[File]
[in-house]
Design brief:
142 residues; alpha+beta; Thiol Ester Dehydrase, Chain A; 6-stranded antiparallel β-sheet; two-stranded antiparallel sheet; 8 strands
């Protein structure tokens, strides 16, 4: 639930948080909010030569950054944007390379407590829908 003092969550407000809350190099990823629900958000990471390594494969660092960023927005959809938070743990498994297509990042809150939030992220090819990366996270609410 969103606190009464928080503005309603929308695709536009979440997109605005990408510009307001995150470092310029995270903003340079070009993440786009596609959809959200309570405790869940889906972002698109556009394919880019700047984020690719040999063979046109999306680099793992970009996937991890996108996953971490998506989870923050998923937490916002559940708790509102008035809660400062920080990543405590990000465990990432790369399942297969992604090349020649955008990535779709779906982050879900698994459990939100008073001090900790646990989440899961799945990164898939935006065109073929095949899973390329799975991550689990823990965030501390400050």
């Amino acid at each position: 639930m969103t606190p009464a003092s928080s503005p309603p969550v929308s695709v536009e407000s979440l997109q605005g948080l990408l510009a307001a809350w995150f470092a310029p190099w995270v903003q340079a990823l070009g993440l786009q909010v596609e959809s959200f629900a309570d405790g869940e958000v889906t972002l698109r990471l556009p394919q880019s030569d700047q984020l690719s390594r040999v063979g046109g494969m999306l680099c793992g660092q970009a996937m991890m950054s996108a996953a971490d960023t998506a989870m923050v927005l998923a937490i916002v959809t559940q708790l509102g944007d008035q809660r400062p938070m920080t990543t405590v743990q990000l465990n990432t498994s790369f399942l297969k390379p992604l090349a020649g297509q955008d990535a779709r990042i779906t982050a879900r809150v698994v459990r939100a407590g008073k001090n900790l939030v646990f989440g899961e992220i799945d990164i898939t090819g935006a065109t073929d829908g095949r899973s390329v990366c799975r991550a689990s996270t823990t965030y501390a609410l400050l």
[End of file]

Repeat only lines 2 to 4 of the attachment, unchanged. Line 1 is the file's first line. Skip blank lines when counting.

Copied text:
Design brief:
142 residues; alpha+beta; Thiol Ester Dehydrase, Chain A; 6-stranded antiparallel β-sheet; two-stranded antiparallel sheet; 8 strands
């Protein structure tokens, strides 16, 4: 639930948080909010030569950054944007390379407590829908 003092969550407000809350190099990823629900958000990471390594494969660092960023927005959809938070743990498994297509990042809150939030992220090819990366996270609410 969103606190009464928080503005309603929308695709536009979440997109605005990408510009307001995150470092310029995270903003340079070009993440786009596609959809959200309570405790869940889906972002698109556009394919880019700047984020690719040999063979046109999306680099793992970009996937991890996108996953971490998506989870923050998923937490916002559940708790509102008035809660400062920080990543405590990000465990990432790369399942297969992604090349020649955008990535779709779906982050879900698994459990939100008073001090900790646990989440899961799945990164898939935006065109073929095949899973390329799975991550689990823990965030501390400050």